Effects – NASA Science


Future effects of global climate change in the United States:

  • U.S. Sea Level Likely to Rise 1 to 6.6 Feet by 2100

    Global sea level has risen about 8 inches (0.2 meters) since reliable record-keeping began in 1880. By 2100, scientists project that it will rise at least another foot (0.3 meters), but possibly as high as 6.6 feet (2 meters) in a high-emissions scenario. Sea level is rising because of added water from melting land ice and the expansion of seawater as it warms.

    Image credit: Creative Commons Attribution-Share Alike 4.0

  • Climate Changes Will Continue Through This Century and Beyond

    Global climate is projected to continue warming over this century and beyond.

    Image credit: Khagani Hasanov, Creative Commons Attribution-Share Alike 3.0

  • Hurricanes Will Become Stronger and More Intense

    Scientists project that hurricane-associated storm intensity and rainfall rates will increase as the climate continues to warm.

    Image credit: NASA

  • More Droughts and Heat Waves

    Droughts in the Southwest and heat waves (periods of abnormally hot weather lasting days to weeks) are projected to become more intense, and cold waves less intense and less frequent.

    Image credit: NOAA

  • Longer Wildfire Season

    Warming temperatures have extended and intensified wildfire season in the West, where long-term drought in the region has heightened the risk of fires. Scientists estimate that human-caused climate change has already doubled the area of forest burned in recent decades. By around 2050, the amount of land consumed by wildfires in Western states is projected to further increase by two to six times. Even in traditionally rainy regions like the Southeast, wildfires are projected to increase by about 30%.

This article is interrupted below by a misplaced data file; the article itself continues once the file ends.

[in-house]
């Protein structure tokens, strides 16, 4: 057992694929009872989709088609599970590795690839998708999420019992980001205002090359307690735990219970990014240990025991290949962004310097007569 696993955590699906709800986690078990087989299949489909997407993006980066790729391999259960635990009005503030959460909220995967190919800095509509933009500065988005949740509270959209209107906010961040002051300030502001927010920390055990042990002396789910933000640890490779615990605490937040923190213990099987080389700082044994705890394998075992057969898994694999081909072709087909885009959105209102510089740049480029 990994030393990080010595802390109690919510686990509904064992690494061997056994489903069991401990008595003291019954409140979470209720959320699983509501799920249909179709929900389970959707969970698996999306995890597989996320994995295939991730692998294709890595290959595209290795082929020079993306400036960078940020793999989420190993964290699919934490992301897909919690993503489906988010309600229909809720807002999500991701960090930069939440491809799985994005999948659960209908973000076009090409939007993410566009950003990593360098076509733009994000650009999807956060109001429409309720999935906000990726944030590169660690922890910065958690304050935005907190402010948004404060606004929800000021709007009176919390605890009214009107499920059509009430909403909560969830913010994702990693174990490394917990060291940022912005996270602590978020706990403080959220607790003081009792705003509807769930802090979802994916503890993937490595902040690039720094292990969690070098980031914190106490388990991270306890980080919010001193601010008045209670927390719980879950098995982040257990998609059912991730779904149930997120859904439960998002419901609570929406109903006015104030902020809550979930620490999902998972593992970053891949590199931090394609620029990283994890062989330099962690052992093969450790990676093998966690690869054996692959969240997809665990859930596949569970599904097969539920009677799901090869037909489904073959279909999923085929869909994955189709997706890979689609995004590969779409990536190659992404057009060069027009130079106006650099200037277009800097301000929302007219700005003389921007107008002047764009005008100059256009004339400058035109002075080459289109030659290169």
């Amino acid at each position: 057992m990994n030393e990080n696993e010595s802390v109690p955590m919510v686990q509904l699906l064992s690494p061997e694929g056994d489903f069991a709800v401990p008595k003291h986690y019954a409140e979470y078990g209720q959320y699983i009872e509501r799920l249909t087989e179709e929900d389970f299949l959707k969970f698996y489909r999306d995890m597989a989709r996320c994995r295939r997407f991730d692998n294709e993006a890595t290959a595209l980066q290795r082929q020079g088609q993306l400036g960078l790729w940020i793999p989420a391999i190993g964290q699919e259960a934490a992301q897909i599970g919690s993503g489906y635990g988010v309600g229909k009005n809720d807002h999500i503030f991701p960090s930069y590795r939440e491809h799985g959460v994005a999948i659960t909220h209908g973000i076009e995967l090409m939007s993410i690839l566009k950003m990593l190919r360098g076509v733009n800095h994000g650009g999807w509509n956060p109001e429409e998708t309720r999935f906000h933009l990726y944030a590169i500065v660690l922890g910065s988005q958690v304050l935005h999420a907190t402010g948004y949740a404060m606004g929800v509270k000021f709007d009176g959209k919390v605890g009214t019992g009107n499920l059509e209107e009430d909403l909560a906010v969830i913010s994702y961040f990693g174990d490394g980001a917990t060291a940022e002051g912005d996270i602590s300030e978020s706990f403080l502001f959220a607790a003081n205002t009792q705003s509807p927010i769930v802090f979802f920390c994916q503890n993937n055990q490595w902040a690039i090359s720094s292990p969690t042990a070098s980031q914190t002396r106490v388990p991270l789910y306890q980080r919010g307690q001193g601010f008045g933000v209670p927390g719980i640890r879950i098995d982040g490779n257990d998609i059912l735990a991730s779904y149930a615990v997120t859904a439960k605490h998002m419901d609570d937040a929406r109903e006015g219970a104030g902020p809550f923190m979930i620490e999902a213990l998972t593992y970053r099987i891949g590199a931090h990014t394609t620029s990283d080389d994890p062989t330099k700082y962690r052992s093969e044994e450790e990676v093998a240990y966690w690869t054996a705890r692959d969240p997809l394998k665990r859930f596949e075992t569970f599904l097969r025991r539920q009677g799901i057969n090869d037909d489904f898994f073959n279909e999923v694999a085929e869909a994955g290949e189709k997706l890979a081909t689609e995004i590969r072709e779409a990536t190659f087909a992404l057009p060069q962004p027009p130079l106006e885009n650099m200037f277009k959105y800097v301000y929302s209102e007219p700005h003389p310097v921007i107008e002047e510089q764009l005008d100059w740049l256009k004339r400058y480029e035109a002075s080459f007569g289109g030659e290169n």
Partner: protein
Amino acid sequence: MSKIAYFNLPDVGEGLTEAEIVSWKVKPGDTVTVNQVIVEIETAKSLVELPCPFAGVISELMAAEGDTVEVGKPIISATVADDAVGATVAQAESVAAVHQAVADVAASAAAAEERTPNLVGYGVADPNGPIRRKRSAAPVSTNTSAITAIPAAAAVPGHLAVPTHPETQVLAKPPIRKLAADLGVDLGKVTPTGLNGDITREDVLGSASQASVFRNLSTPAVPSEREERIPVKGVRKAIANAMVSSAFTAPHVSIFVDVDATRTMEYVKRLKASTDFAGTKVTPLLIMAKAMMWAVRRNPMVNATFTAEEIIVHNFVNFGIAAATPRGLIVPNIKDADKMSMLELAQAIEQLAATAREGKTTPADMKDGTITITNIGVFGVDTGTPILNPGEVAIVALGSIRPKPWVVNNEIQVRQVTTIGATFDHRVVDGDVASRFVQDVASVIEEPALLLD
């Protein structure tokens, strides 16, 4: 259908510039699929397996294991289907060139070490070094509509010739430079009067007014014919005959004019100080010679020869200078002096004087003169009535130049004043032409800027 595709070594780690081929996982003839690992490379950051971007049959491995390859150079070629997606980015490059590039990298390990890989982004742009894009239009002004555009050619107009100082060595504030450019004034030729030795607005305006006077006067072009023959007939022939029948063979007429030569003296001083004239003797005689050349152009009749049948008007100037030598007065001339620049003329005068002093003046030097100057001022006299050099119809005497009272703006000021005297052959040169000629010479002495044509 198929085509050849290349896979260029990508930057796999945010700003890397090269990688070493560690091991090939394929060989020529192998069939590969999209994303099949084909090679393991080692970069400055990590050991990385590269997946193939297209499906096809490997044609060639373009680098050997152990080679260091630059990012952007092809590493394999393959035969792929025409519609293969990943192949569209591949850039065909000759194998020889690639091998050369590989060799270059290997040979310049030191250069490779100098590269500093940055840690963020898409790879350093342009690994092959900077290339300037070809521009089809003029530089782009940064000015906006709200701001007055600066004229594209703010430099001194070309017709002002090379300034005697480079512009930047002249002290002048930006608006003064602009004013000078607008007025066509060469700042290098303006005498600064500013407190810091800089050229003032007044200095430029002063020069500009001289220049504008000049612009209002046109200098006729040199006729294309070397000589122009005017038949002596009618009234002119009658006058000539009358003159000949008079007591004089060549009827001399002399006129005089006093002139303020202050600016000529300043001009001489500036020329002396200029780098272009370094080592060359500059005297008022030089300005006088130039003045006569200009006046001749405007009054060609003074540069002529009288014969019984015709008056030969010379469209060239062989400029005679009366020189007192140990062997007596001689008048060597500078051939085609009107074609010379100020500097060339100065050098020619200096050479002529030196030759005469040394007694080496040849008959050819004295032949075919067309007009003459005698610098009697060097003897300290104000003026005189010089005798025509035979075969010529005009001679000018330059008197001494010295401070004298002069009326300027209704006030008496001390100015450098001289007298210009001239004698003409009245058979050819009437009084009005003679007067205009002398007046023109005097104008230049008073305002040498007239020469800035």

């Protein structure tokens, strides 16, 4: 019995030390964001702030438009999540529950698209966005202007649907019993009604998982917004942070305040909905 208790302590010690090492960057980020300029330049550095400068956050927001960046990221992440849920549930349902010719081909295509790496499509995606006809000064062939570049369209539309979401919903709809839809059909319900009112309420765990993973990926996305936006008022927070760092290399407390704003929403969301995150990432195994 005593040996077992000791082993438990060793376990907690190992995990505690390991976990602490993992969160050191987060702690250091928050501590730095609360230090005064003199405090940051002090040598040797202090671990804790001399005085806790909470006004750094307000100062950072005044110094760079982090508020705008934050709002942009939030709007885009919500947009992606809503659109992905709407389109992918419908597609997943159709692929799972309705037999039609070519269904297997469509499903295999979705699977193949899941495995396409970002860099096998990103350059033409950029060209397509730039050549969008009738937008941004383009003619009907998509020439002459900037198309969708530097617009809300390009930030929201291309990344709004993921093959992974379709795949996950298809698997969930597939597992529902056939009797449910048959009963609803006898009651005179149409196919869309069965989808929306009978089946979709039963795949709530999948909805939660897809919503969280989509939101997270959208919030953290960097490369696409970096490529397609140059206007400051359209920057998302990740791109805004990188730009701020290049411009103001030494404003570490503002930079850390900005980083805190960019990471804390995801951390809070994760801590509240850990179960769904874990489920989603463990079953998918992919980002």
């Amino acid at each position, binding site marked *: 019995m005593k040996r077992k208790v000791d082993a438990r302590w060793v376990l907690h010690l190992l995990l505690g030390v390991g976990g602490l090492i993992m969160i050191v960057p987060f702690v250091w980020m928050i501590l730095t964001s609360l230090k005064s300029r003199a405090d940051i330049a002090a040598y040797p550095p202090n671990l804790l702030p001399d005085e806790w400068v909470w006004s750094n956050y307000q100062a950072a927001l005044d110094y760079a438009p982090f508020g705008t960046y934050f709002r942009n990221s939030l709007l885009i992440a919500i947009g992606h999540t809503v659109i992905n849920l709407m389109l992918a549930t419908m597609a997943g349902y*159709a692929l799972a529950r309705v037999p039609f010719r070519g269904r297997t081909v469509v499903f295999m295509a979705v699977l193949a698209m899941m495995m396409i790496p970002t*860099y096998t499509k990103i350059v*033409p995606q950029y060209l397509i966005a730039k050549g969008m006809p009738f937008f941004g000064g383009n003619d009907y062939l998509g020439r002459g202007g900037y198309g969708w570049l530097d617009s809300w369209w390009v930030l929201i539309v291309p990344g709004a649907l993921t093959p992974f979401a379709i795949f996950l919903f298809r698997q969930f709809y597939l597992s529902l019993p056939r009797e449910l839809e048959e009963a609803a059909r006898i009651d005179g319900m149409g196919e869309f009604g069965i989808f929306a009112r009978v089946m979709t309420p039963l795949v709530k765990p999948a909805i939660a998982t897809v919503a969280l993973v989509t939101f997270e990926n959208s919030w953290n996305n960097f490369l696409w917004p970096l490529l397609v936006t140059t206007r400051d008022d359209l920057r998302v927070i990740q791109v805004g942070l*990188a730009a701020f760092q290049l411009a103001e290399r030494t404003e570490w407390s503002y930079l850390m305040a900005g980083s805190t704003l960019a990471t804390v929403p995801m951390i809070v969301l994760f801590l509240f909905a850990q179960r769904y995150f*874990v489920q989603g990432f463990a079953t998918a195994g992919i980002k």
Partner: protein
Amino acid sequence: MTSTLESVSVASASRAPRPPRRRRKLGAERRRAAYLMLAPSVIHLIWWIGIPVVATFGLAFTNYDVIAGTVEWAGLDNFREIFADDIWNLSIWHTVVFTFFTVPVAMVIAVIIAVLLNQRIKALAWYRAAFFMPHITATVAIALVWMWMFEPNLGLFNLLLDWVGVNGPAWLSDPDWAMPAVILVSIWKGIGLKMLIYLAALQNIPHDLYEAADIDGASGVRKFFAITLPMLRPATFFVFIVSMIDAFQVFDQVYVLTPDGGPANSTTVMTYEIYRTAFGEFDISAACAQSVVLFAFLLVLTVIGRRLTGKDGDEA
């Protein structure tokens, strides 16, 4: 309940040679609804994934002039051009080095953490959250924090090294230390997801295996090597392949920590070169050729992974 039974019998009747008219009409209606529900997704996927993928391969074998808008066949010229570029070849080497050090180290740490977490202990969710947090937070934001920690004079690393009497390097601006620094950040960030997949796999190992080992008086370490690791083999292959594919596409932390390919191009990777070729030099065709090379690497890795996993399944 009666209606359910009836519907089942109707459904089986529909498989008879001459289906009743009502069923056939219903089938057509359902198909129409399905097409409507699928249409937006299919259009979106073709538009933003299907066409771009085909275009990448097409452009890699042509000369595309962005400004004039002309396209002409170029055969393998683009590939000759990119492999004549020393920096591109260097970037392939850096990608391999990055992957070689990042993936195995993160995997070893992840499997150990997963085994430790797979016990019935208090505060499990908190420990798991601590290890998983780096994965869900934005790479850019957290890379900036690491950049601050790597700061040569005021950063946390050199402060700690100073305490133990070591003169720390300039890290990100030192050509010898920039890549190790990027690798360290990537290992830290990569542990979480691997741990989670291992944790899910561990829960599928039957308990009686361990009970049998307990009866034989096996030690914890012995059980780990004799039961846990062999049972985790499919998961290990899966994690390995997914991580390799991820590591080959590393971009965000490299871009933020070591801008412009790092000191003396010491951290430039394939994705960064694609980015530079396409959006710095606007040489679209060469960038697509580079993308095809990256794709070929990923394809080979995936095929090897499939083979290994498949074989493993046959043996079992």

• Changes in Precipitation Patterns

    Climate change is having an uneven effect on precipitation (rain and snow) in the United States, with some locations experiencing increased precipitation and flooding, while others suffer from drought. On average, more winter and spring precipitation is projected for the northern United States, and less for the Southwest, over this century.

    Image credit: Marvin Nauman/FEMA

  • Frost-Free Season (and Growing Season) will Lengthen

    The length of the frost-free season, and the corresponding growing season, has been increasing since the 1980s, with the largest increases occurring in the western United States. Across the United States, the growing season is projected to continue to lengthen, which will affect ecosystems and agriculture.

  • Global Temperatures Will Continue to Rise

    Summer of 2023 was Earth’s hottest summer on record, 0.41 degrees Fahrenheit (F) (0.23 degrees Celsius (C)) warmer than any other summer in NASA’s record and 2.1 degrees F (1.2 C) warmer than the average summer between 1951 and 1980.

    Image credit: NASA

  • Arctic Is Very Likely to Become Ice-Free

    Sea ice cover in the Arctic Ocean is expected to continue decreasing, and the Arctic Ocean will very likely become essentially ice-free in late summer if current projections hold. This change is expected to occur before mid-century.

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